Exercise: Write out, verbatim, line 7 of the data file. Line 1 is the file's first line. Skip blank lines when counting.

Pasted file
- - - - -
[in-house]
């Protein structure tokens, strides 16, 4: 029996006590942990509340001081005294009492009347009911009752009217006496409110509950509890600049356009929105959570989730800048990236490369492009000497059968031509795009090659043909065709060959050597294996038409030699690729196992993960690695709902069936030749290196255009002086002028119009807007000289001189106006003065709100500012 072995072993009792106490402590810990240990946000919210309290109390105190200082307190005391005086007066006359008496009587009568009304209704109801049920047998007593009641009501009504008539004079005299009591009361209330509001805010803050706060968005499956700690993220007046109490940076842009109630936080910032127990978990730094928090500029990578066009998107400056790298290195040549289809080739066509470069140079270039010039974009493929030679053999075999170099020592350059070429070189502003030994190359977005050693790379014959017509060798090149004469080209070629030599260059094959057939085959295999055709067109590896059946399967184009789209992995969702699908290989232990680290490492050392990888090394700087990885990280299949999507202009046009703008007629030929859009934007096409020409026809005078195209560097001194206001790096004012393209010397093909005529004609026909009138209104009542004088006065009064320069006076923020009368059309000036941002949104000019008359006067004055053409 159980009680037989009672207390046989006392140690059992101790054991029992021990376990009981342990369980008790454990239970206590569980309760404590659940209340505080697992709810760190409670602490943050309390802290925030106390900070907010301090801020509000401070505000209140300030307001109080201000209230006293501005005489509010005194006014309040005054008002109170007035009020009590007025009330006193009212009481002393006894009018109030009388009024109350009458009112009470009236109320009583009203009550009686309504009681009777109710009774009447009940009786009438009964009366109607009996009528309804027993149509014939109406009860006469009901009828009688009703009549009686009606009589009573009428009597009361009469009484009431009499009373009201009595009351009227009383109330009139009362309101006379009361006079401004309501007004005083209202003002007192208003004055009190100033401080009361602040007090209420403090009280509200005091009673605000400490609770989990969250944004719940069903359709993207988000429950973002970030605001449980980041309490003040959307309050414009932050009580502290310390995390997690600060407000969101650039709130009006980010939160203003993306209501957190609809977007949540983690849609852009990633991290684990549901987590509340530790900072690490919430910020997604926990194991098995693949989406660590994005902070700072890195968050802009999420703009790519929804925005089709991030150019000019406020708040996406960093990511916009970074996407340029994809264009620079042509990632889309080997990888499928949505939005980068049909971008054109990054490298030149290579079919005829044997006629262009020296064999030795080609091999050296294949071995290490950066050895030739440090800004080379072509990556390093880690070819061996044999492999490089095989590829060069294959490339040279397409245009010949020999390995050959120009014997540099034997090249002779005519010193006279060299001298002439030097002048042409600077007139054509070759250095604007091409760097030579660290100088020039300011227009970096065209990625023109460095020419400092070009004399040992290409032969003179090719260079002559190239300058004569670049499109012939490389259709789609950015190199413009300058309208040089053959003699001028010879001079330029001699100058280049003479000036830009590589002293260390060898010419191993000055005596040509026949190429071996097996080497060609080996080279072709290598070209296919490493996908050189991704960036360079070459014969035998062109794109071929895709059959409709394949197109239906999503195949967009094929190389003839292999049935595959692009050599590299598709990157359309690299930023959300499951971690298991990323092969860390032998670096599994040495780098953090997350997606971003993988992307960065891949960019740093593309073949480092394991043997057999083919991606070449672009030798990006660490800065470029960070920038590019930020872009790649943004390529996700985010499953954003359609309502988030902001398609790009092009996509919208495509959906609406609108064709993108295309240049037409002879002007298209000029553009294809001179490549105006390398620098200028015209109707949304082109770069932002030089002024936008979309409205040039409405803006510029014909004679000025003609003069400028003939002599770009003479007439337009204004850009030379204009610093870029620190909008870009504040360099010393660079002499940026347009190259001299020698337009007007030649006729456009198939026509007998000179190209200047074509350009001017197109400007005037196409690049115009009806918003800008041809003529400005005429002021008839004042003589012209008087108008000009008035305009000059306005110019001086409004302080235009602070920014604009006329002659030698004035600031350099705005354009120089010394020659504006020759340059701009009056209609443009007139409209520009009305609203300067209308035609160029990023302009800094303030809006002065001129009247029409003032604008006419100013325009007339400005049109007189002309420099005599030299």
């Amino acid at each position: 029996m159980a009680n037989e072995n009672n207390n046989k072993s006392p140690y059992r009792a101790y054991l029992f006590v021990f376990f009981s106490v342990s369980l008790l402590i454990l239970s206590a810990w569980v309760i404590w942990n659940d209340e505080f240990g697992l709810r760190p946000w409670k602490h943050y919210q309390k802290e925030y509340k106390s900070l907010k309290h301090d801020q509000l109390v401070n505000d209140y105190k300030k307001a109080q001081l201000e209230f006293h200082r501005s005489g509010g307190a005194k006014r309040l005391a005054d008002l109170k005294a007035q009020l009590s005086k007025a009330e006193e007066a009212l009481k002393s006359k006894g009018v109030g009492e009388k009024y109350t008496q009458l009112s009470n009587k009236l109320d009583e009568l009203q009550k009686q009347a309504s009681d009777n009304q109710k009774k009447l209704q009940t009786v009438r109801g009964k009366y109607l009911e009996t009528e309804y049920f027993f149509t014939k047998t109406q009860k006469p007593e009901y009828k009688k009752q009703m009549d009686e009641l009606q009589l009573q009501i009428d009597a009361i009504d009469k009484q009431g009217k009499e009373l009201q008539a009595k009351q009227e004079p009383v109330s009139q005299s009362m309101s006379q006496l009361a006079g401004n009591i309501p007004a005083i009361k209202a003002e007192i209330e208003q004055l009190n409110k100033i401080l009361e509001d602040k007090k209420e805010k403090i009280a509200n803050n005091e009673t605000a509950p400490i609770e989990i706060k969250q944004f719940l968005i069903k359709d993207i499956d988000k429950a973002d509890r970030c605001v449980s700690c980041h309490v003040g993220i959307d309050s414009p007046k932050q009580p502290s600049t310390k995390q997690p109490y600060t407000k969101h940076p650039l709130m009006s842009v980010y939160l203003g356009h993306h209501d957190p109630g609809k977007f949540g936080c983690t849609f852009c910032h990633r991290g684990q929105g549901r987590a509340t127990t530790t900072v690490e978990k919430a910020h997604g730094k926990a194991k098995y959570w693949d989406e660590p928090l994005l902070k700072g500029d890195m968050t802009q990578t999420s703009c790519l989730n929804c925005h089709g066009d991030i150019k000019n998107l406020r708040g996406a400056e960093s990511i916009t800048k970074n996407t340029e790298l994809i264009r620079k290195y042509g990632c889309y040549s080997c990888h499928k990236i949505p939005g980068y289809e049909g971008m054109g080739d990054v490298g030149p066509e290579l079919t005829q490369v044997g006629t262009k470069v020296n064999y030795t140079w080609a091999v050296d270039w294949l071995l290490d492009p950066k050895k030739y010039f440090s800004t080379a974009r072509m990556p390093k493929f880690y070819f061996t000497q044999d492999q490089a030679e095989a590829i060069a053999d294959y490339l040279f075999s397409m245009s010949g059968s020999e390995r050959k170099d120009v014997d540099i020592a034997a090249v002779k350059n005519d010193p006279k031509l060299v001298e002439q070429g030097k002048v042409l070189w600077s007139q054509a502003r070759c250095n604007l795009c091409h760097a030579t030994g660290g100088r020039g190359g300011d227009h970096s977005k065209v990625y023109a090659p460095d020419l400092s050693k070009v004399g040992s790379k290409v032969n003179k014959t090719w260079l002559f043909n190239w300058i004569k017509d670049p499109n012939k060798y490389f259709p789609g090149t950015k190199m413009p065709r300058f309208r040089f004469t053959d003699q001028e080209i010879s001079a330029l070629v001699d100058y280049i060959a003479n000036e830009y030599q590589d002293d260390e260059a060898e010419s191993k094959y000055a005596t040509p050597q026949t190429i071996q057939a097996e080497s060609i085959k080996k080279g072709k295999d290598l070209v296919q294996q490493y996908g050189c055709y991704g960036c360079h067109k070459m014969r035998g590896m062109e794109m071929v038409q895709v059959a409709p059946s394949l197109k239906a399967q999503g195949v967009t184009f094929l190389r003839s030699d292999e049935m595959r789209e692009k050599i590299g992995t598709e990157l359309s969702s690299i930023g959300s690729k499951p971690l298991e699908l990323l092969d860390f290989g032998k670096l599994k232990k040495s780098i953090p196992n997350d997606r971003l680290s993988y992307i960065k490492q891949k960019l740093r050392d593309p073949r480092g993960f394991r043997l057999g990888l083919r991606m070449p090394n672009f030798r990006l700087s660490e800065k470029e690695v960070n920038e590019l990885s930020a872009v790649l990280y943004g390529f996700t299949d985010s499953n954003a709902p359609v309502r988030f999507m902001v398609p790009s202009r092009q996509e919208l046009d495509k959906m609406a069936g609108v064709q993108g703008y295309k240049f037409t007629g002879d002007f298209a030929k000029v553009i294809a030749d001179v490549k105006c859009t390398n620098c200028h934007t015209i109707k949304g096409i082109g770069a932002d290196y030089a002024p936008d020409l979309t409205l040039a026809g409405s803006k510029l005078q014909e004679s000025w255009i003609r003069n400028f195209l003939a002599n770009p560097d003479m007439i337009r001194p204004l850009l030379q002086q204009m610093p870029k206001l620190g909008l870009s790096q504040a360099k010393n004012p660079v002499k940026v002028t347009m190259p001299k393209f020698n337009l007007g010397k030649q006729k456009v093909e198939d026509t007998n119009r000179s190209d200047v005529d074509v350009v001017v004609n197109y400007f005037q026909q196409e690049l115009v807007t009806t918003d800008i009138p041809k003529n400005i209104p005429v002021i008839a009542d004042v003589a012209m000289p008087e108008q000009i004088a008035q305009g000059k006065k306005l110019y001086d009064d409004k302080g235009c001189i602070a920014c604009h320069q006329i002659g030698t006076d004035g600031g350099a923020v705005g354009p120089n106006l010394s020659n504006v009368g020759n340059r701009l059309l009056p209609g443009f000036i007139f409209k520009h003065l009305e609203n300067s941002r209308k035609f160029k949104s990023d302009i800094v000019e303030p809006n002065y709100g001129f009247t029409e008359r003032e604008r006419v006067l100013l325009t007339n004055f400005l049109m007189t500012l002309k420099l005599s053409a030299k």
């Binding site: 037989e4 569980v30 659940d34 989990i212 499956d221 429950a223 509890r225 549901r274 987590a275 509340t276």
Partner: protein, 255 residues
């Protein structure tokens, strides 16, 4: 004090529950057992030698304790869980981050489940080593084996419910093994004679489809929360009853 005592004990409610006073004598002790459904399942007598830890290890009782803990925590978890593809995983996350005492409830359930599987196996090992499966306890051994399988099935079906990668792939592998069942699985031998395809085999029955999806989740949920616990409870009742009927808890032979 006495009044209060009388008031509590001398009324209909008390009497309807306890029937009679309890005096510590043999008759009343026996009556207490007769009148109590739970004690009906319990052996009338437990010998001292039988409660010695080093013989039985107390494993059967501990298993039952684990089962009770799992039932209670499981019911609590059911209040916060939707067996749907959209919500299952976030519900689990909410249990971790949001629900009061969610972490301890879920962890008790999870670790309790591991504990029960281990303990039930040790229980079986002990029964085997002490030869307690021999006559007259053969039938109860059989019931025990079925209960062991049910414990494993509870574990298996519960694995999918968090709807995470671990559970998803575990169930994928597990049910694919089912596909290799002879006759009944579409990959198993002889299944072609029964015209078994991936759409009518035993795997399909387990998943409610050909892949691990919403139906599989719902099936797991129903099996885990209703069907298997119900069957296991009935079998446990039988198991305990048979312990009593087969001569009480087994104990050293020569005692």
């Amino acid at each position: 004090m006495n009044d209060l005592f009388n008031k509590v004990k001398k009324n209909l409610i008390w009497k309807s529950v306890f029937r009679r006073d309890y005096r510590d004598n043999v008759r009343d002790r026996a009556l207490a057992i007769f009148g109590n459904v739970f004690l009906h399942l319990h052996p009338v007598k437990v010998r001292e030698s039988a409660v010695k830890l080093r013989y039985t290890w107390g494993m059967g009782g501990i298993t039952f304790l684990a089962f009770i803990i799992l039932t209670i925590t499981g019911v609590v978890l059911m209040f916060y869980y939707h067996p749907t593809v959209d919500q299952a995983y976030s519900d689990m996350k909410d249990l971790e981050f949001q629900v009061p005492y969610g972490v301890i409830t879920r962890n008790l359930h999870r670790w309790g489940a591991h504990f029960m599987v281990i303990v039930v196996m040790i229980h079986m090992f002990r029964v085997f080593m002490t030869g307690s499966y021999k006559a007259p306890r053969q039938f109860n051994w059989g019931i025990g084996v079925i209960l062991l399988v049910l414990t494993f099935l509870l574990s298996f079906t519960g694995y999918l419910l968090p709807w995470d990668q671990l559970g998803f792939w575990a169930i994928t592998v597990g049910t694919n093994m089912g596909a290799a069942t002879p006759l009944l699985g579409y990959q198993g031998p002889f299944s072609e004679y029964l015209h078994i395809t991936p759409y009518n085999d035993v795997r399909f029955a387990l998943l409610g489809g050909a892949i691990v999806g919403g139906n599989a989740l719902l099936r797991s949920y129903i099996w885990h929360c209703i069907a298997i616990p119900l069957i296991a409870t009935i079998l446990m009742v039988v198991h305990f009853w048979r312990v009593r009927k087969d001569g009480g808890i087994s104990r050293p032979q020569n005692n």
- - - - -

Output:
């Amino acid at each position: 004090m006495n009044d209060l005592f009388n008031k509590v004990k001398k009324n209909l409610i008390w009497k309807s529950v306890f029937r009679r006073d309890y005096r510590d004598n043999v008759r009343d002790r026996a009556l207490a057992i007769f009148g109590n459904v739970f004690l009906h399942l319990h052996p009338v007598k437990v010998r001292e030698s039988a409660v010695k830890l080093r013989y039985t290890w107390g494993m059967g009782g501990i298993t039952f304790l684990a089962f009770i803990i799992l039932t209670i925590t499981g019911v609590v978890l059911m209040f916060y869980y939707h067996p749907t593809v959209d919500q299952a995983y976030s519900d689990m996350k909410d249990l971790e981050f949001q629900v009061p005492y969610g972490v301890i409830t879920r962890n008790l359930h999870r670790w309790g489940a591991h504990f029960m599987v281990i303990v039930v196996m040790i229980h079986m090992f002990r029964v085997f080593m002490t030869g307690s499966y021999k006559a007259p306890r053969q039938f109860n051994w059989g019931i025990g084996v079925i209960l062991l399988v049910l414990t494993f099935l509870l574990s298996f079906t519960g694995y999918l419910l968090p709807w995470d990668q671990l559970g998803f792939w575990a169930i994928t592998v597990g049910t694919n093994m089912g596909a290799a069942t002879p006759l009944l699985g579409y990959q198993g031998p002889f299944s072609e004679y029964l015209h078994i395809t991936p759409y009518n085999d035993v795997r399909f029955a387990l998943l409610g489809g050909a892949i691990v999806g919403g139906n599989a989740l719902l099936r797991s949920y129903i099996w885990h929360c209703i069907a298997i616990p119900l069957i296991a409870t009935i079998l446990m009742v039988v198991h305990f009853w048979r312990v009593r009927k087969d001569g009480g808890i087994s104990r050293p032979q020569n005692n």